What would you like the Union to do?
I would like the Union to lobby UCL to remove the application fee for postgraduate taught courses.
Why would you like to do this?
UCL currently charges £80 as a standard application fee for most postgraduate taught courses. Some courses (Finance MSc, Business Analytics (with Management Science) MSc, Management MSc, Project and Enterprise Management MSc, all Eastman Dental Institute programmes) have significantly higher application fees.
These fees are non-refundable and are only waived in very exceptional circumstances, on a case-by-case basis, primarily for applicants “living in conflict zones, or affected by displacement”. UCL makes no provision for students from low-income backgrounds or who might for any other reason have difficulty affording this fee.
The UCL application processing fee is the highest of any Russell Group university - the only Russell Group universities with comparable requirements are LSE (£75), the University of Oxford (£75), and the University of Warwick (£60). Of the 24 Russell Group universities, nine charge no application fee for postgraduate taught courses, and a further nine only charge an application fee for a very limited number of programmes (usually just for a handful of courses in their respective Business Schools). Most have a more generous exemption policy, for instance the University of Cambridge has a standard application fee of £65 but waives it for students from low-income countries and for UK students from low-income households.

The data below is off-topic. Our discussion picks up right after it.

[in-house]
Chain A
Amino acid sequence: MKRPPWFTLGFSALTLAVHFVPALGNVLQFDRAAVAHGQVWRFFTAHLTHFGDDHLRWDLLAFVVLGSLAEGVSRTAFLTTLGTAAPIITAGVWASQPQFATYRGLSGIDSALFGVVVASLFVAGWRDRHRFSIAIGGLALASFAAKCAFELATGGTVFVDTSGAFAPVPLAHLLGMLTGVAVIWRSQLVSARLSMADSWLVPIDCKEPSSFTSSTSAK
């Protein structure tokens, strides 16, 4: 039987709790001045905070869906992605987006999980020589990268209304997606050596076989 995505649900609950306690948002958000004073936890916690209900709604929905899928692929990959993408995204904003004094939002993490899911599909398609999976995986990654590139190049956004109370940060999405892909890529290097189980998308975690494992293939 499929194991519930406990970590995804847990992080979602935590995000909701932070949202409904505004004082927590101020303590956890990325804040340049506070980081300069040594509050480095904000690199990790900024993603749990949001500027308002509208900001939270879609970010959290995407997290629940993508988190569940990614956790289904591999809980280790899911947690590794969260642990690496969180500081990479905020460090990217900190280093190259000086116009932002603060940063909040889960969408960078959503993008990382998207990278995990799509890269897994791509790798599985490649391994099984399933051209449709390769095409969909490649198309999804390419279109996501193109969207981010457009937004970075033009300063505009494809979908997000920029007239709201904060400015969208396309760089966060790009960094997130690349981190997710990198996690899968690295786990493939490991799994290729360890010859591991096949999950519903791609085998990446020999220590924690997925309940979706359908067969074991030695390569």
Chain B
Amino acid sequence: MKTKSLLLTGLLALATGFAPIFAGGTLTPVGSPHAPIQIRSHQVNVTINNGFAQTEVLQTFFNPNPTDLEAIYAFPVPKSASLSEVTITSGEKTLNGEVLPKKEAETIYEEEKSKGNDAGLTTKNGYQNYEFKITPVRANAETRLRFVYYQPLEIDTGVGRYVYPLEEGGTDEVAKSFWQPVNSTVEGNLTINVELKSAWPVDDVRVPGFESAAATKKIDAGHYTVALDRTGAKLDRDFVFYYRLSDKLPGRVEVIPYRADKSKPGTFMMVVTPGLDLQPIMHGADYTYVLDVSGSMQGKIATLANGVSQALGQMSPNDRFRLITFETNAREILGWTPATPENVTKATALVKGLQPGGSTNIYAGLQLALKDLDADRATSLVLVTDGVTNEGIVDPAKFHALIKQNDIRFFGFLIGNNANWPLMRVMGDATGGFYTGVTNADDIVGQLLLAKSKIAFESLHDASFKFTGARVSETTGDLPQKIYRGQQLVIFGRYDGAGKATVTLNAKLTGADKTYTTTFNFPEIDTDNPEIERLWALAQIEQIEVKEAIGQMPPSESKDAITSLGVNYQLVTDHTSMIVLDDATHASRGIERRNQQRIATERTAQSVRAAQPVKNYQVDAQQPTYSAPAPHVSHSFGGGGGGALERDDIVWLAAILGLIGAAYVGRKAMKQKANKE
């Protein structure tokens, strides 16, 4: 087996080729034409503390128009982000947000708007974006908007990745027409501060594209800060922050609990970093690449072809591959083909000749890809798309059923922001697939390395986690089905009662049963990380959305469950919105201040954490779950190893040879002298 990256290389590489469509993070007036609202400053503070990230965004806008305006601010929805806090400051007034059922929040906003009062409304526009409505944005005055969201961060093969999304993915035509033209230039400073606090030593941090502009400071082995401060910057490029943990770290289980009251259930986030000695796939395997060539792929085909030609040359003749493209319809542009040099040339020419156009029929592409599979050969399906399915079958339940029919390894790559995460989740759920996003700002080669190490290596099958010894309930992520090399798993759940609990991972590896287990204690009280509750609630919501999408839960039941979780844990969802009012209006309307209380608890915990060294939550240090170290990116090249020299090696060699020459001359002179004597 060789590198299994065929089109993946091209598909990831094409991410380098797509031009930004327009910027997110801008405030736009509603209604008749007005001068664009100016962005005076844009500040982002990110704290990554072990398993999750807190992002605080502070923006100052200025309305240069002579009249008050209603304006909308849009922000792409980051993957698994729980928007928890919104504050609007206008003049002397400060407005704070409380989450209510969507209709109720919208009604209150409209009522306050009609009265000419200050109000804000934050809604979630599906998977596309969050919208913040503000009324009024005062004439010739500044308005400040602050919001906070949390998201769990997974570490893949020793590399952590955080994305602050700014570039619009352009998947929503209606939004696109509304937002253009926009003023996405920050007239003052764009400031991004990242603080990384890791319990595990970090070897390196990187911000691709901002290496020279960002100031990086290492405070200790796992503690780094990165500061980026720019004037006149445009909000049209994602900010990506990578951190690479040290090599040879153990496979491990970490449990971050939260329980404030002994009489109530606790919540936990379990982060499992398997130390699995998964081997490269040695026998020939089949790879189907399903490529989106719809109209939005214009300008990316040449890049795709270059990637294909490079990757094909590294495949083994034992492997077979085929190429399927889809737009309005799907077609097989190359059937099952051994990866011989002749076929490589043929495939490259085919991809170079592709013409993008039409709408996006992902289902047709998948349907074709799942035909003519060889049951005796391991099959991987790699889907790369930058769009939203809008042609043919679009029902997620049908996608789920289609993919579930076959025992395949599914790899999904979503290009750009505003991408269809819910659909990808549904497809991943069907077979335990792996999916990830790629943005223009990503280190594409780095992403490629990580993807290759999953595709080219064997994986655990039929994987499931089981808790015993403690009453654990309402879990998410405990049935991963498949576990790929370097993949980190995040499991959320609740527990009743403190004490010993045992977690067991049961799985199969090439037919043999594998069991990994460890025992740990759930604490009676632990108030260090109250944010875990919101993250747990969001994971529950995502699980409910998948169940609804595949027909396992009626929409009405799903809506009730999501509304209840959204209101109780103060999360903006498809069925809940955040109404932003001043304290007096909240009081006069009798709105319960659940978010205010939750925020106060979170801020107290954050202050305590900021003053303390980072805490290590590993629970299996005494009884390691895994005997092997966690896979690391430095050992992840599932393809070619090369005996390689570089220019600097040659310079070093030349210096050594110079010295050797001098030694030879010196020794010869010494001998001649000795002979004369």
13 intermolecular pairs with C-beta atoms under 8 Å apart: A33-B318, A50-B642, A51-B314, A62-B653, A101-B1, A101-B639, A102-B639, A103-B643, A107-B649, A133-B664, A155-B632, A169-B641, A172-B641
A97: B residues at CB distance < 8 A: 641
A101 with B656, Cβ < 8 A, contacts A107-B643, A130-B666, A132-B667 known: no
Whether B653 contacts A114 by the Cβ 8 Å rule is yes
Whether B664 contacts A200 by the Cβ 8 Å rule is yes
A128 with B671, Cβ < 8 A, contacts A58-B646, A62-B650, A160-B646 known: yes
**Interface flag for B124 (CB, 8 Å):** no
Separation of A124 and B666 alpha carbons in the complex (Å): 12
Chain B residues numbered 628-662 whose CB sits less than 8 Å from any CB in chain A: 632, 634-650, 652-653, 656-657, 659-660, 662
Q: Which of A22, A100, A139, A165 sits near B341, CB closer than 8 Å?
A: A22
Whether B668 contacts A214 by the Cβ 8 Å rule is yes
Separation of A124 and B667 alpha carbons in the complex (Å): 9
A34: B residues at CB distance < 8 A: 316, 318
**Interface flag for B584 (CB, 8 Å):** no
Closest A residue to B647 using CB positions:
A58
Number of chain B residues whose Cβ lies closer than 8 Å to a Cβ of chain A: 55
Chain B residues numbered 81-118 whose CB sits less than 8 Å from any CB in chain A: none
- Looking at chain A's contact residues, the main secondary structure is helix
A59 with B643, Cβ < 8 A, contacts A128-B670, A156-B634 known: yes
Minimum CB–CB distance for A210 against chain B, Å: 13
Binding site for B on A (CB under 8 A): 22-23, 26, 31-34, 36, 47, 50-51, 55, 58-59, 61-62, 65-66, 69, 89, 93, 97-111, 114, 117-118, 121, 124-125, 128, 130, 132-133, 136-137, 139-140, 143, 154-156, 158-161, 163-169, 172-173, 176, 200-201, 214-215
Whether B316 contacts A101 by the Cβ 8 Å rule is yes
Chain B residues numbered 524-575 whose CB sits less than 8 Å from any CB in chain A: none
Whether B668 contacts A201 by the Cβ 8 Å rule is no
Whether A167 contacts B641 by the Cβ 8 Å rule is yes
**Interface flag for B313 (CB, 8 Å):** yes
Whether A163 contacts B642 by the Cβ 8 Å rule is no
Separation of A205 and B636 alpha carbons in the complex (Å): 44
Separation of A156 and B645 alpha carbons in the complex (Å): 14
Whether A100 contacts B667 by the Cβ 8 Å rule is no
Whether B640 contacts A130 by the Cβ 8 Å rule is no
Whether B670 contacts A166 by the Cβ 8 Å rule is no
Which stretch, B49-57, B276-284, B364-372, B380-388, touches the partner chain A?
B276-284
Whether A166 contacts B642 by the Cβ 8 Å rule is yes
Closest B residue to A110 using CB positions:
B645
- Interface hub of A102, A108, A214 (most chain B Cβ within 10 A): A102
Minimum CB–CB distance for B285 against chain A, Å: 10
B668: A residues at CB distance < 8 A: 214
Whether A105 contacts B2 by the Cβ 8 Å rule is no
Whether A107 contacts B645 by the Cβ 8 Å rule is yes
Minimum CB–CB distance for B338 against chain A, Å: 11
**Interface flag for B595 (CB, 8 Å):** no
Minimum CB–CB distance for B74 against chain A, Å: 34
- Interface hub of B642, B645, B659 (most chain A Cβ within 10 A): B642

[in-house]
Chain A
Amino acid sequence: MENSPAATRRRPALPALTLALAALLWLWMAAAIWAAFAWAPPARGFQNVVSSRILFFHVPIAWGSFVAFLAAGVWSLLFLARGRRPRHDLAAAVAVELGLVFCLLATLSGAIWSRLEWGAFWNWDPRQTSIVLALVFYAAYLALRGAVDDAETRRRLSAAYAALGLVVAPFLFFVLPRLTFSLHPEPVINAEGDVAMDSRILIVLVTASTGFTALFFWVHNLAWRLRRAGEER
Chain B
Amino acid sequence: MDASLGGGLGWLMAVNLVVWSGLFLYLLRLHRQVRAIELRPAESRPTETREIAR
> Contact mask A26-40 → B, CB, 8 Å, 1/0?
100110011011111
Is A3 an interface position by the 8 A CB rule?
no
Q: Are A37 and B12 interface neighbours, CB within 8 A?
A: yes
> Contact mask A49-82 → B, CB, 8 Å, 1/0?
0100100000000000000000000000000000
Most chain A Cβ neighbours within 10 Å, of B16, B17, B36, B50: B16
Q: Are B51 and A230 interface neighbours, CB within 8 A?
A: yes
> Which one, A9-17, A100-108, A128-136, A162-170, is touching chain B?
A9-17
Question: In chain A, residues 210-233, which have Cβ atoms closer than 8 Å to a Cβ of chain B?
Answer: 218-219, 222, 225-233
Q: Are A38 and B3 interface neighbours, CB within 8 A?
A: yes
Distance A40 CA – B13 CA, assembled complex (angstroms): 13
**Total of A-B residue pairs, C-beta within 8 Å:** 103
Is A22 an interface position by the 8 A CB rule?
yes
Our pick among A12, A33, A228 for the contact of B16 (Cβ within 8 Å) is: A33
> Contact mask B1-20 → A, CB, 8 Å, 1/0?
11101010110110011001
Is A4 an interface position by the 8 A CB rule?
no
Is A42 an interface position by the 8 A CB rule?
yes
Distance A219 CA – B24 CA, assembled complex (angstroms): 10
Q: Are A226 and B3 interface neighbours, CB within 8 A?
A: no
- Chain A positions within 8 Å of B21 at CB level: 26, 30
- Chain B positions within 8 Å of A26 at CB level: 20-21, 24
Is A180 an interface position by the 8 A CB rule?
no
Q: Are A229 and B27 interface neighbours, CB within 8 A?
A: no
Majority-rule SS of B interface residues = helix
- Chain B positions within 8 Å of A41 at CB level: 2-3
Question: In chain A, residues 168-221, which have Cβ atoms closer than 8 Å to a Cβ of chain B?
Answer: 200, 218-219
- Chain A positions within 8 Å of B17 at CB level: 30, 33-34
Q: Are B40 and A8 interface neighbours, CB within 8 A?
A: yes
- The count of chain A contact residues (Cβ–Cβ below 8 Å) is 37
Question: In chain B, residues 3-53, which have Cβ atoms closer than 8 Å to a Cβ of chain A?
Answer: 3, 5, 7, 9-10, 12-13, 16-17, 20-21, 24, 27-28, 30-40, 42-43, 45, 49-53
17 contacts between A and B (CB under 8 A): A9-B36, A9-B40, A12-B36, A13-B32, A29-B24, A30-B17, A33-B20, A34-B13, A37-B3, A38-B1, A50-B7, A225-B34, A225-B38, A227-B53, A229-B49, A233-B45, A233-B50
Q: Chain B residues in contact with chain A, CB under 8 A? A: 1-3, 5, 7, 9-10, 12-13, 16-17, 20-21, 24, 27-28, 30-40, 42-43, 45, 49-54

UCL’s application fee policy disproportionally discourages applicants from low-income backgrounds, thereby fostering an elitist culture of exclusion that is unfortunately endemic in Higher Education. Removing this fee would remove an unnecessary barrier to postgraduate education from students who cannot afford £80 out of pocket.
One of the reasons often stated for having an application fee and having it be extortionately high is that it discourages speculative applications. I would argue that the fee simply discourages poorer students from making applications, both speculative and otherwise, while richer students who can afford to spend £80 without much thought are unaffected and continue to make speculative applications.
Another reason given for having such a high application fee is to cover the administrative cost of processing PGT application fees. While I appreciate that applications create a significant amount of work for administrative staff, I would point out that Cardiff University, the University of Exeter, the University of Leeds, the University of Liverpool, QMUL, Queen’s University, the University of Sheffield, the University of Southampton, and the University of York all manage to carry out this process without charging additional fees. Perhaps there could be an examination of their administrative structures to gain some ideas for best practice?
How will this affect students?
This will affect students and potential students by removing barriers to education for those who cannot afford extortionate fees. Removing the postgraduate application processing fee will not only have a financial impact on applicants, but a wider impact on the accessibility of education at UCL.
When institutions are made accessible and inclusive, everybody benefits. Postgraduate education should never be the exclusive preserve of the rich and this Union has a duty to remind UCL of that.